Boris Johnson urged to hold own confidence vote as more MPs join calls for resignation

Calls from Tory MPs for Boris Johnson to resign are slowly growing as another urged him to quit after being fined by police for breaking his own coronavirus laws.

Senior former minister Tobias Ellwood joined Nigel Mills MP in urging the prime minister to step down, after the latter confirmed he would be submitting a letter of no confidence in the PM.

Mr Ellwood said the war in Ukraine should not be a reason to keep Mr Johnson in post because "our formidable government apparatus, our well-oiled MoD machine" allows the UK to "replace people if that is required".

He said the prime minister should hold a vote of confidence in himself if his fine for breaching Covid rules sees the Conservatives perform badly at the local elections in a month's time.

The MP for Bournemouth East told the BBC that Russian President Vladimir Putin could "exploit" the prime minister's reputation as a law-breaker, adding that the UK should be a "beacon of democracy, an exemplar on the world stage".

Is Boris Johnson confident he will get through this? Robert Peston breaks it down

Former defence minister Tobias Ellwood wants Boris Johnson to quit. Credit: ITV News

Prime Minister Johnson mostly refused to answer questions on partygate while holding a press conference in Kent on his new immigration policy, saying he would say more when the police investigation concludes.

Many have urged him to correct his claim in the Commons from December last year that no Covid rules were broken in Downing Street during the pandemic.

Mr Johnson, who claims he only inadvertently misled the Commons because he was unaware of rule breaking, told ITV News Deputy Political Editor Anushka Asthana that that he would "of course I will set the record straight in anyway that I can".

Mr Ellwood said it marks a "worrying turning point" to see the UK "lose sight of those high standards" when a lawmaker becomes a "law-breaker".

However, he went on, "the prime minister has made his intentions clear - he wants to stay - but this is this is bigger than the prime minister".

"It's about the reputation of the party for which all colleagues must defend, and I believe he owes it to the parliamentary party, once the reports have concluded and the local elections have allowed the public view to be factored in, to agree to hold his own vote of confidence if those elections go badly."

Conservative former cabinet minister Karen Bradley also suggested Mr Johnson should resign over the "partygate scandal".

The Staffordshire Moorlands MP said in a statement to the StokeonTrentLive website: "I will spend the next few days consulting my constituents and will decide on what action to take after listening to them.

"But I do wish to make it clear that if I had been a minister found to have broken the laws that I passed, I would be tendering my resignation now."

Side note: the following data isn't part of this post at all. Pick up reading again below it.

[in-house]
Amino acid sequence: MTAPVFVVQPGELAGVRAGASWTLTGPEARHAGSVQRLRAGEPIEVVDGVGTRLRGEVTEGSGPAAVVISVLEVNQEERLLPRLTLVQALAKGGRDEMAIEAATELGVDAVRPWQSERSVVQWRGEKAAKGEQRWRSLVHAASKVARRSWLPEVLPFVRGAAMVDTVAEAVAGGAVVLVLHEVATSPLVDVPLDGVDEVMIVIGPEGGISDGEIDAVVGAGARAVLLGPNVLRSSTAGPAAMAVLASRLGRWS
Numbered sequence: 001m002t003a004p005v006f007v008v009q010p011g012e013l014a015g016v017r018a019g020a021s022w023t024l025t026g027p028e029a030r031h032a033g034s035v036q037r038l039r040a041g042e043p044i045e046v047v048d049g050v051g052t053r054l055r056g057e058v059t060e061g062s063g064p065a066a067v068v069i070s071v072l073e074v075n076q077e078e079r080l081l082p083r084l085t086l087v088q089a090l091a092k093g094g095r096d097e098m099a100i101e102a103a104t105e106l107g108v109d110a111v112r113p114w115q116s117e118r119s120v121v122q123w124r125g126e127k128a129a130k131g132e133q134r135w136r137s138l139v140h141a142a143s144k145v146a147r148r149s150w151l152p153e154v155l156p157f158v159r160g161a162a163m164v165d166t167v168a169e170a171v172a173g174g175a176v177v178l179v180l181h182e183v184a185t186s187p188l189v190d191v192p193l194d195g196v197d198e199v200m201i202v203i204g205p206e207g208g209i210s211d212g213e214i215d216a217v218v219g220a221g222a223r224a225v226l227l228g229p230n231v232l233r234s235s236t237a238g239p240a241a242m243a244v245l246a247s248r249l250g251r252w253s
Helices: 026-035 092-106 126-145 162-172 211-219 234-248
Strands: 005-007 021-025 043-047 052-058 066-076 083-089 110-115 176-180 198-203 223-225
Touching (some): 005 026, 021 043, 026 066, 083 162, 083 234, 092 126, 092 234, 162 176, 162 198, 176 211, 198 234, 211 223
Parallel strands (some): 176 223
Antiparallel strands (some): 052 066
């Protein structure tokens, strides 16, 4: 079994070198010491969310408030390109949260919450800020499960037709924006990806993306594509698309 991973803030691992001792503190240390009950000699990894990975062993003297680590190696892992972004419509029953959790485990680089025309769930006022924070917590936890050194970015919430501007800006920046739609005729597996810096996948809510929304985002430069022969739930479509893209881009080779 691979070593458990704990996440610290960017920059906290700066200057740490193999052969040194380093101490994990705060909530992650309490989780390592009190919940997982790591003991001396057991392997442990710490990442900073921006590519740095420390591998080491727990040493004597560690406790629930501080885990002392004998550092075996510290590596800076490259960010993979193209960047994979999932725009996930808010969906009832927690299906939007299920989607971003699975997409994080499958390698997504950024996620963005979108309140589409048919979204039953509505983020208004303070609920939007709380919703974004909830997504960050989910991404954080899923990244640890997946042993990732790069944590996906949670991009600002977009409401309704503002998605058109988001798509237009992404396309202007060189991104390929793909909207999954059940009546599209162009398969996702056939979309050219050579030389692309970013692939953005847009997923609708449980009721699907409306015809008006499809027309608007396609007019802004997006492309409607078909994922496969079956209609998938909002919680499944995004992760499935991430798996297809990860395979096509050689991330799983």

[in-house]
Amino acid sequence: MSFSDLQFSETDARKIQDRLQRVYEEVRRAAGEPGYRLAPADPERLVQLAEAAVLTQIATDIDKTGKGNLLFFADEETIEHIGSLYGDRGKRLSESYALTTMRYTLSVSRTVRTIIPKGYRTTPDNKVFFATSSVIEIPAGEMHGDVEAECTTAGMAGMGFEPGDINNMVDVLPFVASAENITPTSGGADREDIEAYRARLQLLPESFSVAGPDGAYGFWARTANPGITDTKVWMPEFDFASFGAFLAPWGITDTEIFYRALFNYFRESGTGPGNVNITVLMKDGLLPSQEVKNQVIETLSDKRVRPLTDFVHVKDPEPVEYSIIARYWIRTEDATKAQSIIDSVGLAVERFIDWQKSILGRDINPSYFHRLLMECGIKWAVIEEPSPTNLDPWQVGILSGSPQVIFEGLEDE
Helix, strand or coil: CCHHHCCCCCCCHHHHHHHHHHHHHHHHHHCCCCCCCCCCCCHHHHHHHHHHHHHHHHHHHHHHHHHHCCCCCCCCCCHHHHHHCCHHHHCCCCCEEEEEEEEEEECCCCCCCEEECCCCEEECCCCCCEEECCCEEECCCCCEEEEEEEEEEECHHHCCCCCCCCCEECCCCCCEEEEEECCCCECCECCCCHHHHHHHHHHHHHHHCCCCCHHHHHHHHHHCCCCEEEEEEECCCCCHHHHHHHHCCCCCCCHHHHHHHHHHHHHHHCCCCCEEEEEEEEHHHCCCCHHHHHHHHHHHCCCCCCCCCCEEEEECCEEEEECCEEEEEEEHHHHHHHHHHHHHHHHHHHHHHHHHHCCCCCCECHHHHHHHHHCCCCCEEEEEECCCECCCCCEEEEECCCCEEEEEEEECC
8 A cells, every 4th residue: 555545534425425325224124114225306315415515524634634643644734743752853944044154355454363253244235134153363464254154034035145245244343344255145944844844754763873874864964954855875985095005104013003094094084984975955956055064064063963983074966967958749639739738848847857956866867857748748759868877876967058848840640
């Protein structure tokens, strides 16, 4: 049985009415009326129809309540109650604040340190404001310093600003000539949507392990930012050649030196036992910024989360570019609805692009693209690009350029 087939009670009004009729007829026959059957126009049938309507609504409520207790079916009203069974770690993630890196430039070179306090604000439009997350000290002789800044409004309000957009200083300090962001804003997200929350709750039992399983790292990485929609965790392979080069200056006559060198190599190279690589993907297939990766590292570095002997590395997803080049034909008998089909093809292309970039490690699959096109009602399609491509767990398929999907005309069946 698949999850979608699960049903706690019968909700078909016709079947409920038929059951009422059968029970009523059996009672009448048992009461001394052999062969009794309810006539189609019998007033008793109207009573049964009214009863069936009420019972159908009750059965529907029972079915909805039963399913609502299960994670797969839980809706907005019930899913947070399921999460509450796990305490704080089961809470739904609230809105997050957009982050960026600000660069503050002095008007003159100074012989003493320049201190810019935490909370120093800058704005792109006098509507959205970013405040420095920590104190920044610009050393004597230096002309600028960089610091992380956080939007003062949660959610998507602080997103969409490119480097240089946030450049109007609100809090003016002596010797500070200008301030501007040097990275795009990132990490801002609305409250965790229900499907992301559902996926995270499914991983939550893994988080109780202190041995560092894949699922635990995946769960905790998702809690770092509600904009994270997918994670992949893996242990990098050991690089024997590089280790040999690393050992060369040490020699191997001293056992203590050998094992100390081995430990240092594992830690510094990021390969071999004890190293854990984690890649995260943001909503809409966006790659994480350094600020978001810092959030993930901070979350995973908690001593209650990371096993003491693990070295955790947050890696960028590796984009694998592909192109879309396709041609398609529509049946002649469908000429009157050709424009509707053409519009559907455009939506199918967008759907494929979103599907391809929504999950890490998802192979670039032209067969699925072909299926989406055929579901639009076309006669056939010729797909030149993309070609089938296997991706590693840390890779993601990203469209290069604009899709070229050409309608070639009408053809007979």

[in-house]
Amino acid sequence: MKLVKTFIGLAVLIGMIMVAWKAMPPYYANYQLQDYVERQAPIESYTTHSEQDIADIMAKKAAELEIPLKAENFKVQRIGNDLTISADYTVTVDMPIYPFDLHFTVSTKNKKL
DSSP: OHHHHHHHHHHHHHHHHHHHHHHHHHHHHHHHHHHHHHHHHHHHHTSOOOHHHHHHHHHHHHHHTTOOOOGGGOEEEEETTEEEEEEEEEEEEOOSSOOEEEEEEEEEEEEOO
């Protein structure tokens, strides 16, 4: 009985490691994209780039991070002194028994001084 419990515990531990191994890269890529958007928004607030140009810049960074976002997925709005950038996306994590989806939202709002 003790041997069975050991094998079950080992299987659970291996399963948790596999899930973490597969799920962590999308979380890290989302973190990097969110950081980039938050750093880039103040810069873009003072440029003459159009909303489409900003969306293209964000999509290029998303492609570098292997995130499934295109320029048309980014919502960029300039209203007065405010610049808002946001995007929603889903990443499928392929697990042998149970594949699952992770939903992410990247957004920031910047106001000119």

A justice minister resigned from government on Wednesday, citing the PM's "own conduct" during the pandemic as a the reason forcing him to quit.

David Wolfson told Mr Johnson he could not remain a member of the government due to the "scale, context and nature" of Covid-rule-breaking in Downing Street.

Lord Wolfson said he had reached the "inevitable conclusion that there was repeated rule-breaking and breach of the criminal law in Downing Street" and it was inconsistent with the rule of law for a government to be in breach of its own rules.

Former leader of the Scottish Conservatives Ruth Davidson is the most senior member of Mr Johnson's party to call for his resignation, saying he "broke the rules he imposed on the country & lost the moral authority to lead" and "he should go".

Mr Mills told ITV News Mr Johnson was in an "untenable position" after "breaking the laws that he introduced".

Lord Wolfson's resignation heaped pressure on Dominic Raab, whose Labour shadow Steve Reed pointed out as justice secretary he is “constitutionally charged with upholding the law but is instead condoning law-breaking” by backing Mr Johnson.

What you need to know - Listen our latest podcast episode

Mr Raab described Lord Wolfson as a “world-class lawyer” whose “wisdom and intellect will be sorely missed” in government.

Mr Johnson wrote to the peer saying he was “sorry to receive” the resignation, while praising his “years of legal experience”.

The PM, who was fined along with his wife Carrie Johnson and Chancellor Rishi Sunak, claimed he did not realise he was breaking Covid rules when attending his 56th birthday celebration on June 19, 2020, when indoor socialising was banned.

Speaking to broadcasters after being fined, Mr Johnson said: “There was a brief gathering in the Cabinet Room shortly after 2pm lasting for less than 10 minutes, during which people I work with kindly passed on their good wishes.

“And I have to say in all frankness at that time it did not occur to me that this might have been a breach of the rules.”